Results:

HOMA-IR was positively associated with body-mass index (BMI) (ρ=0.364, p=0.002), time with oxyhaemoglobin saturation <90% (ρ=0.291, p=0.015), arousal index (ρ=0.268, p=0.027), Epworth sleepiness scale (ESS) score (ρ=0.293, p=0.019) and negatively with average oxyhaemoglobin saturation (ρ=-0.398, p=0.001) and minimum oxyhaemoglobin saturation (ρ=-0.327, p=0.006). QUICKI was positively associated with forced vital capacity (r=0.301, p=0.014), average oxyhaemoglobin saturation (r=0.443, p<0.001), minimum oxyhaemoglobin saturation (ρ=0.318, p=0.008), and negatively associated with sleep stage transitions (r=-0.266, p=0.032), oxygen desaturation index (r=-0.404, p=0.005), time with oxyhaemoglobin saturation <90% (r=-0.311, p=0.019), arousal index (r=-0.344, p=0.004) and ESS score (r=-0.299, p=0.016). After adjustment for age and BMI, HOMA-IR was associated with sleep stage transitions, time with oxyhaemoglobin saturation <90%, average oxyhaemoglobin saturation, minimum oxyhaemoglobin saturation and arousal index. QUICKI was associated with oxygen desaturation index, sleep stage transitions, ESS score, minimum oxyhaemoglobin saturation and arousal index.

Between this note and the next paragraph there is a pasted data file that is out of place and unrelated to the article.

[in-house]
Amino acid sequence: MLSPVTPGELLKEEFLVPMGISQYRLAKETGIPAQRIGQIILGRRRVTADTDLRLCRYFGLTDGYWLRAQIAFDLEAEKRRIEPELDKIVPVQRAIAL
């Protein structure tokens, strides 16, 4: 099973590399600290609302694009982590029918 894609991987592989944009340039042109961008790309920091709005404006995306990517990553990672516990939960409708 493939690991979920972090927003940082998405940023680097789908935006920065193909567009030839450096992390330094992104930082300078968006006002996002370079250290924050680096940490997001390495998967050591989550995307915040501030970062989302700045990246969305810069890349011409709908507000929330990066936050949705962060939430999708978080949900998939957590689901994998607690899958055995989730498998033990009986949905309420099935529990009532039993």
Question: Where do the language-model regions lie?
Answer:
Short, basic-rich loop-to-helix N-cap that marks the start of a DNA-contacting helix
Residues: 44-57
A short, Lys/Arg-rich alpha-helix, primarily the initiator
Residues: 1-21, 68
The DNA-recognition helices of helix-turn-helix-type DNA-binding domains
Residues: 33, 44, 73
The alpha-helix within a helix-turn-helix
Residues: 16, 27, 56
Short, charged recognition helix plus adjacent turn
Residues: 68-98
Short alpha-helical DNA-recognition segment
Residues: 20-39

Conclusions:

An independent association between OSAS and IR in patients without pre-existing diabetes mellitus was observed. Recurrent hypoxia and sleep fragmentation in OSAS are associated with IR in these patients.

Keywords: HOMA-IR, Intermittent hypoxia, Insulin resistance, Insulin sensitivity, Obstructive sleep apnoea syndrome, Sleep fragmentation, QUICKI.



1. INTRODUCTION

Obstructive sleep apnoea syndrome (OSAS) is characterized by repetitive episodes of partial or complete occlusion of the upper airway during sleep. These episodes are associated with recurrent oxyhaemoglobin desaturation, frequent arousals and sleep fragmentation [1]. Its prevalence is estimated at 10-17% for men and 3-9% for women among adults in developed countries [2]. OSAS is associated with increased prevalence of automobile and occupational accidents, impaired quality of life, reduced work productivity, as well as cardiovascular and cerebrovascular morbidity [3-6].